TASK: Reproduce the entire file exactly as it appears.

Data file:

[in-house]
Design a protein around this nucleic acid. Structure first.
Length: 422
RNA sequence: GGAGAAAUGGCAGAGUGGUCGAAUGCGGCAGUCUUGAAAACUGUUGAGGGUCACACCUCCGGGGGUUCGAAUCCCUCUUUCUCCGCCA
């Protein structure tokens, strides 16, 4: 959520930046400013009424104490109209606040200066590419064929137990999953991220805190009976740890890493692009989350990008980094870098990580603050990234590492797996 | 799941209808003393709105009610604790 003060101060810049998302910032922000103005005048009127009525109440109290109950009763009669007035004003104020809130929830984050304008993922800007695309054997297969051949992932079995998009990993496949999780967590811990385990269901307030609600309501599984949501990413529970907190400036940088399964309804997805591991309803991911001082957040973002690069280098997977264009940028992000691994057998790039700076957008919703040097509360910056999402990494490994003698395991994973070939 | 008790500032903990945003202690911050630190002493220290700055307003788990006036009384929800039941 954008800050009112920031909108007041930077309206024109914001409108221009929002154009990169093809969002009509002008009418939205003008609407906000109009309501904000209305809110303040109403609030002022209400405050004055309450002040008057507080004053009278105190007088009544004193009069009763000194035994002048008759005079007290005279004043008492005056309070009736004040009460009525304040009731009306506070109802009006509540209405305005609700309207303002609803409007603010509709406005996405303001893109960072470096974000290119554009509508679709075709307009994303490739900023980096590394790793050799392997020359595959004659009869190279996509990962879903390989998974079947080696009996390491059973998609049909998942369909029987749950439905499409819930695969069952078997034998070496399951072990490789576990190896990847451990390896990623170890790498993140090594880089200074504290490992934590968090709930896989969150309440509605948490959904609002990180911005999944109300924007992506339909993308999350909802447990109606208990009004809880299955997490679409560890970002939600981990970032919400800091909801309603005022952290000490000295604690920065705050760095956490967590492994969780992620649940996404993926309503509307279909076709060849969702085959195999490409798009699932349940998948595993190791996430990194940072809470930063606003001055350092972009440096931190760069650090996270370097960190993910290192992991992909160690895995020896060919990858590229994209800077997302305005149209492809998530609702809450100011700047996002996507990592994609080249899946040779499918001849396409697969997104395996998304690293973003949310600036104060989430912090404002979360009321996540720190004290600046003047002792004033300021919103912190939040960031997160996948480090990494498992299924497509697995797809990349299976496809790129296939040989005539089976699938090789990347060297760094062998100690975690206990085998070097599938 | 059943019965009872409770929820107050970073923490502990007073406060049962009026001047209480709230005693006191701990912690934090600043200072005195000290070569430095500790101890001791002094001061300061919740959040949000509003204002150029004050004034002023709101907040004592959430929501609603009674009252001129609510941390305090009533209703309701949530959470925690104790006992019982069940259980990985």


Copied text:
[in-house]
Design a protein around this nucleic acid. Structure first.
Length: 422
RNA sequence: GGAGAAAUGGCAGAGUGGUCGAAUGCGGCAGUCUUGAAAACUGUUGAGGGUCACACCUCCGGGGGUUCGAAUCCCUCUUUCUCCGCCA
């Protein structure tokens, strides 16, 4: 959520930046400013009424104490109209606040200066590419064929137990999953991220805190009976740890890493692009989350990008980094870098990580603050990234590492797996 | 799941209808003393709105009610604790 003060101060810049998302910032922000103005005048009127009525109440109290109950009763009669007035004003104020809130929830984050304008993922800007695309054997297969051949992932079995998009990993496949999780967590811990385990269901307030609600309501599984949501990413529970907190400036940088399964309804997805591991309803991911001082957040973002690069280098997977264009940028992000691994057998790039700076957008919703040097509360910056999402990494490994003698395991994973070939 | 008790500032903990945003202690911050630190002493220290700055307003788990006036009384929800039941 954008800050009112920031909108007041930077309206024109914001409108221009929002154009990169093809969002009509002008009418939205003008609407906000109009309501904000209305809110303040109403609030002022209400405050004055309450002040008057507080004053009278105190007088009544004193009069009763000194035994002048008759005079007290005279004043008492005056309070009736004040009460009525304040009731009306506070109802009006509540209405305005609700309207303002609803409007603010509709406005996405303001893109960072470096974000290119554009509508679709075709307009994303490739900023980096590394790793050799392997020359595959004659009869190279996509990962879903390989998974079947080696009996390491059973998609049909998942369909029987749950439905499409819930695969069952078997034998070496399951072990490789576990190896990847451990390896990623170890790498993140090594880089200074504290490992934590968090709930896989969150309440509605948490959904609002990180911005999944109300924007992506339909993308999350909802447990109606208990009004809880299955997490679409560890970002939600981990970032919400800091909801309603005022952290000490000295604690920065705050760095956490967590492994969780992620649940996404993926309503509307279909076709060849969702085959195999490409798009699932349940998948595993190791996430990194940072809470930063606003001055350092972009440096931190760069650090996270370097960190993910290192992991992909160690895995020896060919990858590229994209800077997302305005149209492809998530609702809450100011700047996002996507990592994609080249899946040779499918001849396409697969997104395996998304690293973003949310600036104060989430912090404002979360009321996540720190004290600046003047002792004033300021919103912190939040960031997160996948480090990494498992299924497509697995797809990349299976496809790129296939040989005539089976699938090789990347060297760094062998100690975690206990085998070097599938 | 059943019965009872409770929820107050970073923490502990007073406060049962009026001047209480709230005693006191701990912690934090600043200072005195000290070569430095500790101890001791002094001061300061919740959040949000509003204002150029004050004034002023709101907040004592959430929501609603009674009252001129609510941390305090009533209703309701949530959470925690104790006992019982069940259980990985």